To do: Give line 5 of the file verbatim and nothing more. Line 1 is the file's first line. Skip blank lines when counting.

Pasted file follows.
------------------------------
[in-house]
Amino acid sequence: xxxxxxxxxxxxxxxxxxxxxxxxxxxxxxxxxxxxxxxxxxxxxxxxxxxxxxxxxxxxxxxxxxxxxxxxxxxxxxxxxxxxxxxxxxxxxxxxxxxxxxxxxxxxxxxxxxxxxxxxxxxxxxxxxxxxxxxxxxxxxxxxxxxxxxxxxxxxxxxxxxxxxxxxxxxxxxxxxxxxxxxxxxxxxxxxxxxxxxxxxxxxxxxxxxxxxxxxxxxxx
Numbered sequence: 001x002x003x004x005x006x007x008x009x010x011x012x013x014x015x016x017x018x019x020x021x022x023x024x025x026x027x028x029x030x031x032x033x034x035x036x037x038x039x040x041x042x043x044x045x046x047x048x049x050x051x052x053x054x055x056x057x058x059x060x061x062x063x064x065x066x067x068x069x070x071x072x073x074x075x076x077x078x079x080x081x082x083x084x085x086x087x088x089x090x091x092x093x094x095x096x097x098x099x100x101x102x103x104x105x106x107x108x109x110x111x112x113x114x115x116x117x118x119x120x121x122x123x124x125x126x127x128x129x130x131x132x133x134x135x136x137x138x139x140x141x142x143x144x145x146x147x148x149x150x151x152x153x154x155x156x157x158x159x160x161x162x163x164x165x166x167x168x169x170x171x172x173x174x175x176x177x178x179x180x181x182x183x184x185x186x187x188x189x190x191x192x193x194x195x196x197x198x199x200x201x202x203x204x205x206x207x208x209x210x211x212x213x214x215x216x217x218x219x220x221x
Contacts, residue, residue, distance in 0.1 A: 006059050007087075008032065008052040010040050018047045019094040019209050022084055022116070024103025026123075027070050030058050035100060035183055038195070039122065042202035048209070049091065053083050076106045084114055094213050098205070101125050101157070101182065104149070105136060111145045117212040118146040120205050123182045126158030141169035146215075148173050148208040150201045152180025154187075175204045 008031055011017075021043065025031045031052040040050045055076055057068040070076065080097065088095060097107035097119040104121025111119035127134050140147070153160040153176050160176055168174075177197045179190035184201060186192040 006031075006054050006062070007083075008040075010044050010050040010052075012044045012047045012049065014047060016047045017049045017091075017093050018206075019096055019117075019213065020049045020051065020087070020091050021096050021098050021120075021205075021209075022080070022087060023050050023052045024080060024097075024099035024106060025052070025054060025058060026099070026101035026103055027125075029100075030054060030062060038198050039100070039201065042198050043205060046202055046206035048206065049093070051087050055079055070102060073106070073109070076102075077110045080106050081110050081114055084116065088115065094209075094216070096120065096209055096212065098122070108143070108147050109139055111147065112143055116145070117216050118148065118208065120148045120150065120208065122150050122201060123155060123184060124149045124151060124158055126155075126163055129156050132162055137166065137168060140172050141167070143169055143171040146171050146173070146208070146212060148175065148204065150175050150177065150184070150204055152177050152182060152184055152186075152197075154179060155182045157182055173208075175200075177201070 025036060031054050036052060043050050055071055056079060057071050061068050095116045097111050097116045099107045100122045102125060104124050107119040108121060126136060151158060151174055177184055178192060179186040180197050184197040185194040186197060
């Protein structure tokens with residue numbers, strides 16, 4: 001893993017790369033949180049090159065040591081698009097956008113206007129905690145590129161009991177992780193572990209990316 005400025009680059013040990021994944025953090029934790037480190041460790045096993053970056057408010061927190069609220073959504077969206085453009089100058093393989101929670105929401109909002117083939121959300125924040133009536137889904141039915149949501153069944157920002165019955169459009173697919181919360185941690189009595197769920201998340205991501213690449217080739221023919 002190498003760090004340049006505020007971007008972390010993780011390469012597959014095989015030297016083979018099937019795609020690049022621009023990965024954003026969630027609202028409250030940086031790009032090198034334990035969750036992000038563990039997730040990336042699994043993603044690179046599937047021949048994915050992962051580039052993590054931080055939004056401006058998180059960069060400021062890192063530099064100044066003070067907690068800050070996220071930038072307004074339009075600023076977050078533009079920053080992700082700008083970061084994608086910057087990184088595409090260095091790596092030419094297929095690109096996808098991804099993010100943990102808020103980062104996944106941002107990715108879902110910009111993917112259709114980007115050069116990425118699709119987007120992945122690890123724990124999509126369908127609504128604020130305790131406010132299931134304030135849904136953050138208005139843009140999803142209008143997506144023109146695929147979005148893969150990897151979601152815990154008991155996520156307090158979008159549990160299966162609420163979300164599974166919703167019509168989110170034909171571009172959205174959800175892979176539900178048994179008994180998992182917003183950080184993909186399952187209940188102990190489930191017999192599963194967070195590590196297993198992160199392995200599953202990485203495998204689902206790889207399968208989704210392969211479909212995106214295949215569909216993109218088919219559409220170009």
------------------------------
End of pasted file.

């Protein structure tokens with residue numbers, strides 16, 4: 001893993017790369033949180049090159065040591081698009097956008113206007129905690145590129161009991177992780193572990209990316 005400025009680059013040990021994944025953090029934790037480190041460790045096993053970056057408010061927190069609220073959504077969206085453009089100058093393989101929670105929401109909002117083939121959300125924040133009536137889904141039915149949501153069944157920002165019955169459009173697919181919360185941690189009595197769920201998340205991501213690449217080739221023919 002190498003760090004340049006505020007971007008972390010993780011390469012597959014095989015030297016083979018099937019795609020690049022621009023990965024954003026969630027609202028409250030940086031790009032090198034334990035969750036992000038563990039997730040990336042699994043993603044690179046599937047021949048994915050992962051580039052993590054931080055939004056401006058998180059960069060400021062890192063530099064100044066003070067907690068800050070996220071930038072307004074339009075600023076977050078533009079920053080992700082700008083970061084994608086910057087990184088595409090260095091790596092030419094297929095690109096996808098991804099993010100943990102808020103980062104996944106941002107990715108879902110910009111993917112259709114980007115050069116990425118699709119987007120992945122690890123724990124999509126369908127609504128604020130305790131406010132299931134304030135849904136953050138208005139843009140999803142209008143997506144023109146695929147979005148893969150990897151979601152815990154008991155996520156307090158979008159549990160299966162609420163979300164599974166919703167019509168989110170034909171571009172959205174959800175892979176539900178048994179008994180998992182917003183950080184993909186399952187209940188102990190489930191017999192599963194967070195590590196297993198992160199392995200599953202990485203495998204689902206790889207399968208989704210392969211479909212995106214295949215569909216993109218088919219559409220170009």